Ben Shemen Forest, located about mid-way between Tel Aviv and Jerusalem, is the largest forest in central Israel and home to a 32km single-track mountain biking trail, one of the longest trails in Israel.
Continue east and the main road leading from Jerusalem to the Dead Sea passes through the majestic landscape of the Judaean Desert. At the observation point on Mount Scopus, you can see green olive trees on one side and desert hills on the other.
A visit to Carmel Market (en.shuktlv.co.il) is a must. There, you can experience a true Israeli vegetable and fruit market and sample the most authentic and tastiest local delights.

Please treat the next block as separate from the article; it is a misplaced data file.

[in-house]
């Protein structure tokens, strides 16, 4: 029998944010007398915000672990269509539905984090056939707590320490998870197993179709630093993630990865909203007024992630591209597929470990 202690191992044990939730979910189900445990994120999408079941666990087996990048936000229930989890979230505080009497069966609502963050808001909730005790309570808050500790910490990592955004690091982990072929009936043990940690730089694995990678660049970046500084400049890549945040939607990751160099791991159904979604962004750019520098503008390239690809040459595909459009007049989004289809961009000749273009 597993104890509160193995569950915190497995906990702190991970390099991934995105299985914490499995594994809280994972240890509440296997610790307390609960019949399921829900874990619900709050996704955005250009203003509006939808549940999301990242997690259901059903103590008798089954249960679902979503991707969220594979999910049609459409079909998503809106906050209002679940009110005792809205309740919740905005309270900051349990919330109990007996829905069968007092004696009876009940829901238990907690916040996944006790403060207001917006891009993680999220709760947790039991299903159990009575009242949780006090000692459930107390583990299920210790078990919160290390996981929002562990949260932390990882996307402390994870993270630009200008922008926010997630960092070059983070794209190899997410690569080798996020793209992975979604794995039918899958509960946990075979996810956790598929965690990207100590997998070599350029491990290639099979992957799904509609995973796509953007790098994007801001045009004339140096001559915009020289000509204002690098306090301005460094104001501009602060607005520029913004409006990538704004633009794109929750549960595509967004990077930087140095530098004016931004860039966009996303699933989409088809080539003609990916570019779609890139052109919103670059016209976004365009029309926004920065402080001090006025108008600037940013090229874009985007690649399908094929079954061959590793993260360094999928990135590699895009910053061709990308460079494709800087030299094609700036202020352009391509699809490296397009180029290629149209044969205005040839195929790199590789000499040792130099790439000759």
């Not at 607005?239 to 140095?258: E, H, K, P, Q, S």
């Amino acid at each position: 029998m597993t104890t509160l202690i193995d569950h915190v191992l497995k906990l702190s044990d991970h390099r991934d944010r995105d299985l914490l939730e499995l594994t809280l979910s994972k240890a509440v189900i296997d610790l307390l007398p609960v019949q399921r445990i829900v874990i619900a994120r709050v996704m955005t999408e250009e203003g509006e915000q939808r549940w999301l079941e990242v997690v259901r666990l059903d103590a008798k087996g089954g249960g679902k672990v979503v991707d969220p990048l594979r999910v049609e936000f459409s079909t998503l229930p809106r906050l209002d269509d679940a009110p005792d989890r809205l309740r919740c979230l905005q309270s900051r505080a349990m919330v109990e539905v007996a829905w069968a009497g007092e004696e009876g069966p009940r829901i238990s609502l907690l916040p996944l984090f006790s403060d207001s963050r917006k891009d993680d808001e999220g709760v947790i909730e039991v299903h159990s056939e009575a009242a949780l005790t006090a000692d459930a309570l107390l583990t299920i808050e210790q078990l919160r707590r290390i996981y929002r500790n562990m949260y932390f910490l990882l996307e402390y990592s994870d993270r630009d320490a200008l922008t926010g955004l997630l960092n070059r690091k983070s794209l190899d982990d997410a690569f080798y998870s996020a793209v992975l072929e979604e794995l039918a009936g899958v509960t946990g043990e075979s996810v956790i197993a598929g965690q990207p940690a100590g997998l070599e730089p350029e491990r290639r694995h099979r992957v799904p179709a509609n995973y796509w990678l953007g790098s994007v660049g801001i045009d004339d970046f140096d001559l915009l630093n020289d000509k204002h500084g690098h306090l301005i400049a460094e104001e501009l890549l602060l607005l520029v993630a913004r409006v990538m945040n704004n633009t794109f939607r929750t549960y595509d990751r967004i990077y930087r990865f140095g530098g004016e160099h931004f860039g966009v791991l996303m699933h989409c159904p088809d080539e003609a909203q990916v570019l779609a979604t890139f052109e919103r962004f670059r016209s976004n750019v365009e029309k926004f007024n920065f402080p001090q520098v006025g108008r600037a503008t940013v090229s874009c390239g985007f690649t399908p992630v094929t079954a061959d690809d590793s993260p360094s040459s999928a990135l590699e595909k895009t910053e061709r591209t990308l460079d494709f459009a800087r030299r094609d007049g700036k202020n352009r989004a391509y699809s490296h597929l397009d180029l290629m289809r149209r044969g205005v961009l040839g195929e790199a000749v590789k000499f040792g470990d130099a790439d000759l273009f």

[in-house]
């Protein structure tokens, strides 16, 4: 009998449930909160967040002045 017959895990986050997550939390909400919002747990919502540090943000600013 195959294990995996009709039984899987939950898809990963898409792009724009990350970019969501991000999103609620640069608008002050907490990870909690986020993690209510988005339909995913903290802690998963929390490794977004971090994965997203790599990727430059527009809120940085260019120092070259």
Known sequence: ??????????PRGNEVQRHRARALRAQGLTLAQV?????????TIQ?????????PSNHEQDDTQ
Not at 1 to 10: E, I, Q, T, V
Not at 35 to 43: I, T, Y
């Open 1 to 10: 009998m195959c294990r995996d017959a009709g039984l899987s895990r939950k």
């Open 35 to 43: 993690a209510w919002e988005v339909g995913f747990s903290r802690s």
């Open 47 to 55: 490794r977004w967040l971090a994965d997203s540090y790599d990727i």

Israel is often called the Land of Milk and Honey, but it also embraces the three pillars of the classic Mediterranean diet: bread, wine and, perhaps most importantly, olive oil. You can find every brand of olive oil at local supermarkets or farmers' markets.
Medjool dates are another good treat to take home. Get the ones sealed in cellophane or in boxes in the supermarkets, which are the easiest to carry.
Tel Aviv has hotels for every budget. You have the big hotels, such as InterContinental, Hyatt and Holiday Inn, and the unique, small boutique ones with excellent locations and services, including Boutique Molcho (www.nevetzedek.com) and Trieste Neve Tzedek (triestetlv.com).